'Tis Rivalry Friday and yeah, Penn State doesn't really have a true Big Ten rival. I know Michigan is hated, I know OSU has played some classics of late, but...I don't know. Nothing moves my soul this week. So hey, why not let the newly rival-less Nebraska Cornhuskers take a few shots at the Nittany Lions? Big Husker Mike (honestly, that sounds like someone who would just crush your face at a trucker-filled bar, we're going to get along with Nebraska folk just fine here in the Big Ten) of the wonderful Cornnation blog gave me a few thoughts on finding themselves in the same damn conference as occasional nemesis Penn State. Plus he finished the article with conciliatory language, mentioning his excitement about joining the Big Ten. God, these Husker fans are twelve levels of goodness.They're like Santa Claus; lots of red and white, very dedicated, always jolly. My thanks to Mike, plus I threw in a poll question pitting 5 years from now PSU v. 5 years from now Nebraska...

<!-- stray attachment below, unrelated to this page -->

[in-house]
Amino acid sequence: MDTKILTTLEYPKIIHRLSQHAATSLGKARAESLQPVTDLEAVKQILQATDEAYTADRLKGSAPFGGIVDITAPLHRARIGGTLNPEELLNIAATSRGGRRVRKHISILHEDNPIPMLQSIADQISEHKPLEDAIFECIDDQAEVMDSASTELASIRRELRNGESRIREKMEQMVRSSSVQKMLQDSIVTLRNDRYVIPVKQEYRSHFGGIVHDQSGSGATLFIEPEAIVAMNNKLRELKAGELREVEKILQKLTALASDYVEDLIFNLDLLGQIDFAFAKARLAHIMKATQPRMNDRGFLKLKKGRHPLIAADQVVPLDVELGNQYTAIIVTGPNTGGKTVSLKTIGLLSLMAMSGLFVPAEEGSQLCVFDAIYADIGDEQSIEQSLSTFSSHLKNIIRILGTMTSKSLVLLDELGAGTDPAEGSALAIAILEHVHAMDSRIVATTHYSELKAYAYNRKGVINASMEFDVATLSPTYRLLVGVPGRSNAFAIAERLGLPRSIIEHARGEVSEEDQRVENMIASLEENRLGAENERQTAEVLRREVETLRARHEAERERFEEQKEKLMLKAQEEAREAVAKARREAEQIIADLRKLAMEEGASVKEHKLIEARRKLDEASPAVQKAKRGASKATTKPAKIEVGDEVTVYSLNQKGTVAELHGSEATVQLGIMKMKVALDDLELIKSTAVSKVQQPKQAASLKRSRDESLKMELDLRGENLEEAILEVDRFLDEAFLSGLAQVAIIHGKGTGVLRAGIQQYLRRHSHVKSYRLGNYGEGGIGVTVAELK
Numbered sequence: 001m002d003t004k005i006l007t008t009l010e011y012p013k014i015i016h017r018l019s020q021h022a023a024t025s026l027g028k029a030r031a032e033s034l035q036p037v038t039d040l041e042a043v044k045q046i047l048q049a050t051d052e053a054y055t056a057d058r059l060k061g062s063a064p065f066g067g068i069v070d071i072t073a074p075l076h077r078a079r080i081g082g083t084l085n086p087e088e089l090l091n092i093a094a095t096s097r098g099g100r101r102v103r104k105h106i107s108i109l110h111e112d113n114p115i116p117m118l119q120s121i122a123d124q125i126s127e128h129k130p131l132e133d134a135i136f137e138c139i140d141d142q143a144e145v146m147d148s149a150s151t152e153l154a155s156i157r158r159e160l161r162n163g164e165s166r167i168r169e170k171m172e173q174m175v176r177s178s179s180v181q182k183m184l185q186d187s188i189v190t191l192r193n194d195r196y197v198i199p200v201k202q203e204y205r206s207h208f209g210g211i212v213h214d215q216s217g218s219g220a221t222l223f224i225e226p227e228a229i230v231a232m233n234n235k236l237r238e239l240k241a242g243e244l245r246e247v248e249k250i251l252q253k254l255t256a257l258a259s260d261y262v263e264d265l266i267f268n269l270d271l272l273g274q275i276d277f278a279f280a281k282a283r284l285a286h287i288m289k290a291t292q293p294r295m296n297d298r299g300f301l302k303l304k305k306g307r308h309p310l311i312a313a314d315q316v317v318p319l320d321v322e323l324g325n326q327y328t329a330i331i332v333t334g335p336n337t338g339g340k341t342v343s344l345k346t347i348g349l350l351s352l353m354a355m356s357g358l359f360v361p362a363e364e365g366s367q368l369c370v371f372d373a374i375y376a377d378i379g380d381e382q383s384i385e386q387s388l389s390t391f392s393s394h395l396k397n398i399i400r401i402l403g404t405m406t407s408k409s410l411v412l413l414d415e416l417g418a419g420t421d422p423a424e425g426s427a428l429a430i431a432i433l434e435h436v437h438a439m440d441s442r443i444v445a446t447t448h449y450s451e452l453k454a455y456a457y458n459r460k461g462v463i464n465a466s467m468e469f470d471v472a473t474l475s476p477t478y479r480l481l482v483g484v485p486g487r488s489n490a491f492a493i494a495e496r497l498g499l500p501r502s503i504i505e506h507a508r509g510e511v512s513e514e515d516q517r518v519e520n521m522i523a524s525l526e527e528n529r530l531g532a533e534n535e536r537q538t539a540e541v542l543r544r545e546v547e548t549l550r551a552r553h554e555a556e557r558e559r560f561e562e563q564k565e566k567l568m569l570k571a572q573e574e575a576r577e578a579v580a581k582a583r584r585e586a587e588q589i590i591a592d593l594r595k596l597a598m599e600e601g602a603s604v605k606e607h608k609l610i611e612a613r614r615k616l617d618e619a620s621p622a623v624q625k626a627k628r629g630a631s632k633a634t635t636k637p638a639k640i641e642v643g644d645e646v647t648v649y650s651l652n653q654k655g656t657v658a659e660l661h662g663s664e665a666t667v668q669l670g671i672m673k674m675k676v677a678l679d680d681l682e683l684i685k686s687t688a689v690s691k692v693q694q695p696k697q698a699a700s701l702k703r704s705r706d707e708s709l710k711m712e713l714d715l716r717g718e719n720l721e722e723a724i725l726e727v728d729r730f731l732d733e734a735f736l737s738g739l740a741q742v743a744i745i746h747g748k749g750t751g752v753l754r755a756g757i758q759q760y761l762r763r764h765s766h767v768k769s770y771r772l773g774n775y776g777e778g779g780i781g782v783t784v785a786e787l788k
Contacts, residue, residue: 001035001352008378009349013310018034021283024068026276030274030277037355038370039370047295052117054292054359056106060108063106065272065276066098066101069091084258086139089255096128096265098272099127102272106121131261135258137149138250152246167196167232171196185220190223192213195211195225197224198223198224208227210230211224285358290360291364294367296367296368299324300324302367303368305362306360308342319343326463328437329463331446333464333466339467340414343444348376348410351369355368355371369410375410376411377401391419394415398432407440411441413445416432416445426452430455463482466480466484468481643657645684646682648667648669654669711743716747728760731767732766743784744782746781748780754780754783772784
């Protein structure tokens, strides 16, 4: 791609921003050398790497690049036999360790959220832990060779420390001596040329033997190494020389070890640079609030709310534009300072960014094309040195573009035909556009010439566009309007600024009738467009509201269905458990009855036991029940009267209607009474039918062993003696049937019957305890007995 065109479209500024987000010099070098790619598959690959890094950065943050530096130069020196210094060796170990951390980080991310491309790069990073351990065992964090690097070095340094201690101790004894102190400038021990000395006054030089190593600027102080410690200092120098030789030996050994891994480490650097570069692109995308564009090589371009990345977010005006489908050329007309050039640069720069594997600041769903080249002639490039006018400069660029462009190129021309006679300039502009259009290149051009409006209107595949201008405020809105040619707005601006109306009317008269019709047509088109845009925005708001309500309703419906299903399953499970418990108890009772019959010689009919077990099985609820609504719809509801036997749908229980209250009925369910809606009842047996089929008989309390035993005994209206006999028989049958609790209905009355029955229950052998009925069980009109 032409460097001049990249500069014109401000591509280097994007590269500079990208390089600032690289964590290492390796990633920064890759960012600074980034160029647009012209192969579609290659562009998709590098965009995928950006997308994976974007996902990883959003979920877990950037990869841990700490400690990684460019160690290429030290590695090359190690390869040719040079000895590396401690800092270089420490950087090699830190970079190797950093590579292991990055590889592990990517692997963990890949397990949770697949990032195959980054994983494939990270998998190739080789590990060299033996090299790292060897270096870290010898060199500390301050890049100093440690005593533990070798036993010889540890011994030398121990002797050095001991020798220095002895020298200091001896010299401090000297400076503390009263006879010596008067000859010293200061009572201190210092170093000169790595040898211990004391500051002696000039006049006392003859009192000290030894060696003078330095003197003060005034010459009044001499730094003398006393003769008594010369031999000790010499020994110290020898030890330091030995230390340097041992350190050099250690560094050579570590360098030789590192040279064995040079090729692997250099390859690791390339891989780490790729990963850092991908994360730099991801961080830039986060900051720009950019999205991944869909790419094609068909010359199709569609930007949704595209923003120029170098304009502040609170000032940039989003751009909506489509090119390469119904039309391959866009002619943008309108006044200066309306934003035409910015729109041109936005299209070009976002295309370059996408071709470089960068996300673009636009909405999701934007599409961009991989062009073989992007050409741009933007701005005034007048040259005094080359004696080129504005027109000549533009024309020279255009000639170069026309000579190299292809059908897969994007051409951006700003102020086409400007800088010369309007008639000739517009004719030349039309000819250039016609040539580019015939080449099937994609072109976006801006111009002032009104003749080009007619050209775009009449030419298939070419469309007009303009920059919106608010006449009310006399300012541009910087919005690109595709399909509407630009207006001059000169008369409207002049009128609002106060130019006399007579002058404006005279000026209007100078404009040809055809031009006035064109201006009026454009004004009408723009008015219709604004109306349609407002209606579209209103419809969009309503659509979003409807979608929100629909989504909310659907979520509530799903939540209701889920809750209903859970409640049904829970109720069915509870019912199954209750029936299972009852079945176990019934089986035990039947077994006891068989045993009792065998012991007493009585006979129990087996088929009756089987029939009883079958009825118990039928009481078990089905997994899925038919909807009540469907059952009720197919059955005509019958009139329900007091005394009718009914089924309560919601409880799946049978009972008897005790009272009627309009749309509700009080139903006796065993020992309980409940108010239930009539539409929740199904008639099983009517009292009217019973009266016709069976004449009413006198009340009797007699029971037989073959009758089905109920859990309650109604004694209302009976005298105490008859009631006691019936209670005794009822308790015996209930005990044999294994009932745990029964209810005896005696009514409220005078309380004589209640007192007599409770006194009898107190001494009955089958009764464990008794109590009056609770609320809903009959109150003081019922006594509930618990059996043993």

When people think about Nebraska and Penn State, many fans harken back to 1994 when both teams went undefeated. But the national championship went to Nebraska, much to the chagrin of Penn State fans. The two teams had flip-flopped in the polls during the season, especially when Nebraska had to turn to walk-on Matt Turman as quarterback after Tommie Frazier and Brook Berringer landed in the hospital with various maladys. Penn State fans probably felt indignant about getting passed over by the Huskers without losing, yet they didn't see much wrong with the Huskers previously getting dropped for having their top two quarterbacks get injured. Would Penn State have remained undefeated that season if Kerry Collins missed most of the season?
What? We went undefeated and all we get to show for it was a lousy "Rose Bowl Champions" tee shirt?